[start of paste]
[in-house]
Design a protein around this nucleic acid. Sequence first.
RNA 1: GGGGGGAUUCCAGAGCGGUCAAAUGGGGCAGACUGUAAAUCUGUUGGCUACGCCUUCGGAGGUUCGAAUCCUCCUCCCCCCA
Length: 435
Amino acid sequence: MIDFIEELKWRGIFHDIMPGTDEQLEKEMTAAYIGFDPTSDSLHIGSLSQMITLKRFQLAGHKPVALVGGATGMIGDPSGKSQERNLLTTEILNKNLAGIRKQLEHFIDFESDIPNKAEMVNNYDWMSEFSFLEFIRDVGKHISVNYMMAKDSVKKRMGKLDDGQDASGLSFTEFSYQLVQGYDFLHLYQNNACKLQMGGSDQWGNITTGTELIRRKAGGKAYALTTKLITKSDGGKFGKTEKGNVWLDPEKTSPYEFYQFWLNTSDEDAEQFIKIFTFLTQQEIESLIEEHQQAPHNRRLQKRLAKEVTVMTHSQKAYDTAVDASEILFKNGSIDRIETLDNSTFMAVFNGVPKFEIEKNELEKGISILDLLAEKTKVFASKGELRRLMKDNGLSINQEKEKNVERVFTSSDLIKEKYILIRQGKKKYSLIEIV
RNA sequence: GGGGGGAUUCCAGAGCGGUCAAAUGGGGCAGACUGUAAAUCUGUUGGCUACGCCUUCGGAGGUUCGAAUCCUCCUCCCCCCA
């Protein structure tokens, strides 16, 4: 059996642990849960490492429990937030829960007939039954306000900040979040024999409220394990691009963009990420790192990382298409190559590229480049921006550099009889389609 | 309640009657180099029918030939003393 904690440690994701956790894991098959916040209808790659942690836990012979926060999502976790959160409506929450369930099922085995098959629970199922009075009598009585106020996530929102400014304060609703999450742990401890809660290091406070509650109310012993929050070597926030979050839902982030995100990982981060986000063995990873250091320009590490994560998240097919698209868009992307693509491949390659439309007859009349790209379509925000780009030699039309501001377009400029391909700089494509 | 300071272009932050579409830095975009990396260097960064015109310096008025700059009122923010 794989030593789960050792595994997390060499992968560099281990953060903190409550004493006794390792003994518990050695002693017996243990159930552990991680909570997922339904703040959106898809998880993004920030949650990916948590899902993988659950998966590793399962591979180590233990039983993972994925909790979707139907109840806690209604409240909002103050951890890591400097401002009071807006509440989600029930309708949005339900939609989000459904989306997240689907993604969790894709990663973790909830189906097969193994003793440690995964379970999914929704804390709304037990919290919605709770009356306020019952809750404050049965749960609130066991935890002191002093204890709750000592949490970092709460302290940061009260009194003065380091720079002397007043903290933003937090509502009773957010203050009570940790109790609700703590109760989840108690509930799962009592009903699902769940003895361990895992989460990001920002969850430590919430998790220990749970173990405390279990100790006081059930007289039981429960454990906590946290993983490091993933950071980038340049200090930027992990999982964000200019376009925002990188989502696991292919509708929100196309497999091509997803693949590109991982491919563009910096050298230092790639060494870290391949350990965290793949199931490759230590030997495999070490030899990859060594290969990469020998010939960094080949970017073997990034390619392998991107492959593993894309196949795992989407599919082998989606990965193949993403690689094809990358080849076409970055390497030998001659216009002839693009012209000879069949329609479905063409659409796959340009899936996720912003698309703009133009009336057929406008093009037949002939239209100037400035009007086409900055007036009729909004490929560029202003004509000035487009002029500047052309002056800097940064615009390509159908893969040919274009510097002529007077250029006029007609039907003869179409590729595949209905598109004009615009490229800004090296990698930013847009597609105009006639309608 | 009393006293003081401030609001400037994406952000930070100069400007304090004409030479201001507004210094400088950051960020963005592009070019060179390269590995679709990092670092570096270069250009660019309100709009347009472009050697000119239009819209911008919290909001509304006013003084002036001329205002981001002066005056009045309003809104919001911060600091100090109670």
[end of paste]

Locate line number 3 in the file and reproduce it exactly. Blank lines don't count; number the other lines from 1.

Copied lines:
RNA 1: GGGGGGAUUCCAGAGCGGUCAAAUGGGGCAGACUGUAAAUCUGUUGGCUACGCCUUCGGAGGUUCGAAUCCUCCUCCCCCCA